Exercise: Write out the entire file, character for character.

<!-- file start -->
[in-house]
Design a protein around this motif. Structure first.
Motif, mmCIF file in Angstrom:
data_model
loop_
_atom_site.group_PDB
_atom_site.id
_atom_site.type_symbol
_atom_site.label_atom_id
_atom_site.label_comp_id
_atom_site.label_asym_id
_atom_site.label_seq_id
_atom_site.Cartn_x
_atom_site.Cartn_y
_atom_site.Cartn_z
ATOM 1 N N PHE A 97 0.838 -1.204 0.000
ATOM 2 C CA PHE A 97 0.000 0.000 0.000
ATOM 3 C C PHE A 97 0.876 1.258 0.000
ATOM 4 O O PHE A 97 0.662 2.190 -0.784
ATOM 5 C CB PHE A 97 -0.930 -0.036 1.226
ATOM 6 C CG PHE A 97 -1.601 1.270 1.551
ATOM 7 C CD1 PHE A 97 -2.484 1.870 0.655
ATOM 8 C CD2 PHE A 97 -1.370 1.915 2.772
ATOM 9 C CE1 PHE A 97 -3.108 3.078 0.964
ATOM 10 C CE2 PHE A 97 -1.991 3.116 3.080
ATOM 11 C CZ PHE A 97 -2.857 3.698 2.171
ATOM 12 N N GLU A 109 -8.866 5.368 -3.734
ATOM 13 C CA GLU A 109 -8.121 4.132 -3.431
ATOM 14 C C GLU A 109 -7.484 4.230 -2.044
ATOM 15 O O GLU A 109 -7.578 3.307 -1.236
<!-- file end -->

[in-house]
Design a protein around this motif. Structure first.
Motif, mmCIF file in Angstrom:
data_model
loop_
_atom_site.group_PDB
_atom_site.id
_atom_site.type_symbol
_atom_site.label_atom_id
_atom_site.label_comp_id
_atom_site.label_asym_id
_atom_site.label_seq_id
_atom_site.Cartn_x
_atom_site.Cartn_y
_atom_site.Cartn_z
ATOM 1 N N PHE A 97 0.838 -1.204 0.000
ATOM 2 C CA PHE A 97 0.000 0.000 0.000
ATOM 3 C C PHE A 97 0.876 1.258 0.000
ATOM 4 O O PHE A 97 0.662 2.190 -0.784
ATOM 5 C CB PHE A 97 -0.930 -0.036 1.226
ATOM 6 C CG PHE A 97 -1.601 1.270 1.551
ATOM 7 C CD1 PHE A 97 -2.484 1.870 0.655
ATOM 8 C CD2 PHE A 97 -1.370 1.915 2.772
ATOM 9 C CE1 PHE A 97 -3.108 3.078 0.964
ATOM 10 C CE2 PHE A 97 -1.991 3.116 3.080
ATOM 11 C CZ PHE A 97 -2.857 3.698 2.171
ATOM 12 N N GLU A 109 -8.866 5.368 -3.734
ATOM 13 C CA GLU A 109 -8.121 4.132 -3.431
ATOM 14 C C GLU A 109 -7.484 4.230 -2.044
ATOM 15 O O GLU A 109 -7.578 3.307 -1.236